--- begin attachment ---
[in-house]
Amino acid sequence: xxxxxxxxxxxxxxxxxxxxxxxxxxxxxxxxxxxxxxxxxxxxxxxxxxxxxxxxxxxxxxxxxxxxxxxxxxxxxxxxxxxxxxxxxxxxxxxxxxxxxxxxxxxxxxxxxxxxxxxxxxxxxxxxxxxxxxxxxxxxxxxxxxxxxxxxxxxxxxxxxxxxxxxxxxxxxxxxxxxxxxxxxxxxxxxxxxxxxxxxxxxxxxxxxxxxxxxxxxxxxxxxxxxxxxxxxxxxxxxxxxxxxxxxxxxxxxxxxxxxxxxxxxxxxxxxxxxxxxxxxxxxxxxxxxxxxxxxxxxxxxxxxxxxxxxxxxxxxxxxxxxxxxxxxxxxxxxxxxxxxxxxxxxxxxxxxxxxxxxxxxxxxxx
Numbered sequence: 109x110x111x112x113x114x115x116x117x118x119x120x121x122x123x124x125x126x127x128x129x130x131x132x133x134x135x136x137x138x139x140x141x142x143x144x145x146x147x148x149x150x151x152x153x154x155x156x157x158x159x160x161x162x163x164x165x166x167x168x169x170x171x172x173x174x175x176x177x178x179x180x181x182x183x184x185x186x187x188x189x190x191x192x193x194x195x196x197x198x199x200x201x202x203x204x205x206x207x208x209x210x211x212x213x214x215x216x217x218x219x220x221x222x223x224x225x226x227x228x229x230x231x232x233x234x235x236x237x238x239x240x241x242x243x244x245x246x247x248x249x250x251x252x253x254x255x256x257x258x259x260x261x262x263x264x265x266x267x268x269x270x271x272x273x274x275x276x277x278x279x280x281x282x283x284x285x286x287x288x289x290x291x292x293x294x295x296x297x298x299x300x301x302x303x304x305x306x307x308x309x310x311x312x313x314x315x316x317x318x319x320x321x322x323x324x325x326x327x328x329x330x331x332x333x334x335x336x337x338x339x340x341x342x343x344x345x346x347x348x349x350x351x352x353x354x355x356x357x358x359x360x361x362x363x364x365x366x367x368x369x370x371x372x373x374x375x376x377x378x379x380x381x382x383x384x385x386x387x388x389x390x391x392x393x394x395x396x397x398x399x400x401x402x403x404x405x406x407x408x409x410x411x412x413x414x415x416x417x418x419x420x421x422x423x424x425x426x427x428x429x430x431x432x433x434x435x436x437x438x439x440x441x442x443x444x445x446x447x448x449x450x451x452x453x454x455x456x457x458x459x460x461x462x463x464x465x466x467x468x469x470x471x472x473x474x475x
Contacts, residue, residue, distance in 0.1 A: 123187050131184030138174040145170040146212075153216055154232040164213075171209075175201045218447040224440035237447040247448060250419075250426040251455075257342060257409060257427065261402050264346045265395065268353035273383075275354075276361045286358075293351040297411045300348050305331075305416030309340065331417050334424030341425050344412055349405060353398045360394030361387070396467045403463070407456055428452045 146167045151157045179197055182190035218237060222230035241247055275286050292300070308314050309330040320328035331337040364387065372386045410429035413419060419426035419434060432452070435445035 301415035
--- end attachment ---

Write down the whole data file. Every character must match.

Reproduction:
[in-house]
Amino acid sequence: xxxxxxxxxxxxxxxxxxxxxxxxxxxxxxxxxxxxxxxxxxxxxxxxxxxxxxxxxxxxxxxxxxxxxxxxxxxxxxxxxxxxxxxxxxxxxxxxxxxxxxxxxxxxxxxxxxxxxxxxxxxxxxxxxxxxxxxxxxxxxxxxxxxxxxxxxxxxxxxxxxxxxxxxxxxxxxxxxxxxxxxxxxxxxxxxxxxxxxxxxxxxxxxxxxxxxxxxxxxxxxxxxxxxxxxxxxxxxxxxxxxxxxxxxxxxxxxxxxxxxxxxxxxxxxxxxxxxxxxxxxxxxxxxxxxxxxxxxxxxxxxxxxxxxxxxxxxxxxxxxxxxxxxxxxxxxxxxxxxxxxxxxxxxxxxxxxxxxxxxxxxxxxx
Numbered sequence: 109x110x111x112x113x114x115x116x117x118x119x120x121x122x123x124x125x126x127x128x129x130x131x132x133x134x135x136x137x138x139x140x141x142x143x144x145x146x147x148x149x150x151x152x153x154x155x156x157x158x159x160x161x162x163x164x165x166x167x168x169x170x171x172x173x174x175x176x177x178x179x180x181x182x183x184x185x186x187x188x189x190x191x192x193x194x195x196x197x198x199x200x201x202x203x204x205x206x207x208x209x210x211x212x213x214x215x216x217x218x219x220x221x222x223x224x225x226x227x228x229x230x231x232x233x234x235x236x237x238x239x240x241x242x243x244x245x246x247x248x249x250x251x252x253x254x255x256x257x258x259x260x261x262x263x264x265x266x267x268x269x270x271x272x273x274x275x276x277x278x279x280x281x282x283x284x285x286x287x288x289x290x291x292x293x294x295x296x297x298x299x300x301x302x303x304x305x306x307x308x309x310x311x312x313x314x315x316x317x318x319x320x321x322x323x324x325x326x327x328x329x330x331x332x333x334x335x336x337x338x339x340x341x342x343x344x345x346x347x348x349x350x351x352x353x354x355x356x357x358x359x360x361x362x363x364x365x366x367x368x369x370x371x372x373x374x375x376x377x378x379x380x381x382x383x384x385x386x387x388x389x390x391x392x393x394x395x396x397x398x399x400x401x402x403x404x405x406x407x408x409x410x411x412x413x414x415x416x417x418x419x420x421x422x423x424x425x426x427x428x429x430x431x432x433x434x435x436x437x438x439x440x441x442x443x444x445x446x447x448x449x450x451x452x453x454x455x456x457x458x459x460x461x462x463x464x465x466x467x468x469x470x471x472x473x474x475x
Contacts, residue, residue, distance in 0.1 A: 123187050131184030138174040145170040146212075153216055154232040164213075171209075175201045218447040224440035237447040247448060250419075250426040251455075257342060257409060257427065261402050264346045265395065268353035273383075275354075276361045286358075293351040297411045300348050305331075305416030309340065331417050334424030341425050344412055349405060353398045360394030361387070396467045403463070407456055428452045 146167045151157045179197055182190035218237060222230035241247055275286050292300070308314050309330040320328035331337040364387065372386045410429035413419060419426035419434060432452070435445035 301415035